Sexy | HA events

Sexy (Instinctive, Feminine)

Personal loneliness or lack of connection amplifies sexual neediness, which prevents the acceptance of our own Sexiness. Because of repressive attitudes in the U.S. about Sexiness, this area takes considerable time to get balanced and self-actualized in. Women, during their adolescence, are forced to confront sexiness because it is seen as the entre to their future. Men, conversely, traditionally use smarts as a way to get seen in adolescence. Sexiness is therefore a state of mind where our comfort zone is always challenged by how others see us. Our acceptance of sexiness is a reflection of how much we recognize and make efforts to be considered Sexy in order to attract the partners we wish. Unless it is reinforced by others’ behavior, it is not easy to accept within our selves. This is why so many individuals have problems taking ownership of their attractiveness to others. Of course, this does not prevent us from acting out our sexuality to get the Affirmation, Acceptance or Adoration we think we need. When this occurs, it causes us to be unconscious about our own experience, which makes connecting with others and their experience much more important but difficult. In this way, we tend to live vicariously through others (celebrities, etc.)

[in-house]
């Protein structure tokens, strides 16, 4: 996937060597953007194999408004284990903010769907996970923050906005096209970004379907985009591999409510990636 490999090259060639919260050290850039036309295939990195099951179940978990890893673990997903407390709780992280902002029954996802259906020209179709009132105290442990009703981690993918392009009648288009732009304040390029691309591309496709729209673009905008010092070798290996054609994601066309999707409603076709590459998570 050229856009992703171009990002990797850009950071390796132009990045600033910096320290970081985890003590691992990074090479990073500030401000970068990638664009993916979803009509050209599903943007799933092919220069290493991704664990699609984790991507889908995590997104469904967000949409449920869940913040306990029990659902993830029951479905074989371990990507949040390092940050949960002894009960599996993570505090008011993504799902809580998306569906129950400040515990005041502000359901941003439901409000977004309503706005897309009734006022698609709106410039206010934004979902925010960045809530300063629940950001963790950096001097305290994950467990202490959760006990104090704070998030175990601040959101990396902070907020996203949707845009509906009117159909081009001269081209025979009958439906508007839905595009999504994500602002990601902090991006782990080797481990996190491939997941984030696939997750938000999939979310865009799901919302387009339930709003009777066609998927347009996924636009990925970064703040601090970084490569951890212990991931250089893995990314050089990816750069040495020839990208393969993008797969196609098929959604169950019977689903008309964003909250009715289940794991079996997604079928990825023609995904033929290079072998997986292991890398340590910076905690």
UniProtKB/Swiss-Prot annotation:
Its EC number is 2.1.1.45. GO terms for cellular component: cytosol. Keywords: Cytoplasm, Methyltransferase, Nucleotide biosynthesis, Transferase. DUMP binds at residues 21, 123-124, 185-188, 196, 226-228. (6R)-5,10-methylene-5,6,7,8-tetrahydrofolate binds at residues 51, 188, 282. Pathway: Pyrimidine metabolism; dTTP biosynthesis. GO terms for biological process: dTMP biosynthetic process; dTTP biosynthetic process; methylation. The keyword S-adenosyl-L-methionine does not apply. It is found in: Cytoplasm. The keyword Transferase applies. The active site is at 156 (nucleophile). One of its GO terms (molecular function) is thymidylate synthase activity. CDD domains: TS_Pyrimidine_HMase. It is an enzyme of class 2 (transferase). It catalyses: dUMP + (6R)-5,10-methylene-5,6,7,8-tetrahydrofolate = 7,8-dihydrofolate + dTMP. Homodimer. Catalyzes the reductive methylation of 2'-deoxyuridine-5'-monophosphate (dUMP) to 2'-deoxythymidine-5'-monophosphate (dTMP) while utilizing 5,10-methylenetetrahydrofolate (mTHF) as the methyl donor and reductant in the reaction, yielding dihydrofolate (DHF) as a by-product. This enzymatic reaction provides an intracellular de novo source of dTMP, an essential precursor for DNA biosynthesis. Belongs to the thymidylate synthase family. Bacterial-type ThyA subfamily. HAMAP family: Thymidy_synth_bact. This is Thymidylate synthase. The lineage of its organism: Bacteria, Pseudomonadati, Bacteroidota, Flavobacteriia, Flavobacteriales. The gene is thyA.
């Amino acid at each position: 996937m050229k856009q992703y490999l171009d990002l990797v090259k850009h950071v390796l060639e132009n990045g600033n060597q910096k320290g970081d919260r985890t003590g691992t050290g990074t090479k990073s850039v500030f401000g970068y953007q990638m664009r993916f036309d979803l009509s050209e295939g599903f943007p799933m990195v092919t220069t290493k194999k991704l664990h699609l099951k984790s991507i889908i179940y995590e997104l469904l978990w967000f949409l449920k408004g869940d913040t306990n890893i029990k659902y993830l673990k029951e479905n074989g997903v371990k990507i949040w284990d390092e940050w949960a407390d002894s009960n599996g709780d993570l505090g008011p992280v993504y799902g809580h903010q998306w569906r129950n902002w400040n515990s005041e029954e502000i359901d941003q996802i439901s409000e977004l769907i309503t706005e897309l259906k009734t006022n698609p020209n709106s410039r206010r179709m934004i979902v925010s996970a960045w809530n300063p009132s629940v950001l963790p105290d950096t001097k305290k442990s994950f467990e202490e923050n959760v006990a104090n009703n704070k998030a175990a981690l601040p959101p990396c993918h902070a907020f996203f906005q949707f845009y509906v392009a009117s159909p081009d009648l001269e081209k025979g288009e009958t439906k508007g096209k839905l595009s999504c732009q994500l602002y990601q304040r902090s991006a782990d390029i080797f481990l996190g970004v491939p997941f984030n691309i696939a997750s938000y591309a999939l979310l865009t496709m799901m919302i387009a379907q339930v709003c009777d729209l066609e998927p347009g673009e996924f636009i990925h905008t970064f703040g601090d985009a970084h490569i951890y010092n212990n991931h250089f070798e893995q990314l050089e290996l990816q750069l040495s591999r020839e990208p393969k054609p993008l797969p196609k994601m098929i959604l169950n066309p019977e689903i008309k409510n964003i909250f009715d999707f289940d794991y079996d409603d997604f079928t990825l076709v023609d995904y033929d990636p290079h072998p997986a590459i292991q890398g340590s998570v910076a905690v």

Sexiness is typically defined in terms of a model look or cultural standard used to evaluate the general ‘physical attractiveness’ of a person. When we do not fit this standard, it means we need to fall back on being seen as unique or unusual and thereby, bringing out our flair through concerted effort (cosmetics, plastic surgery, and beauty aids). Of course, this standard is modified according to our parental type and our reactions to this type. The more pressure we put upon ourselves or the more difficulty we have in attracting those we want, the more fixed our idea becomes about how beautiful (or not) we are, and how impossible it is to feel Sexy. Sometimes Sexiness reflects how we have exceeded our expectations or beliefs about what is possible in connecting with another. The more out-of-balance this seems, the less we end up trusting them or being able to receive their Acknowledgement. In this situation, we tend to freeze up and become repulsed by the fact that we are not able to meet our partner where they want us to be. Other times, Sexiness has more to do with the behavior of our partners and their reaction to us. In this situation, we use their Excitement for us to become excited about them. In either situation, the key indicator that we are attached to Sexiness is Excitement. Aliveness is the primary quality that indicates conscious physical Attractions without attachment.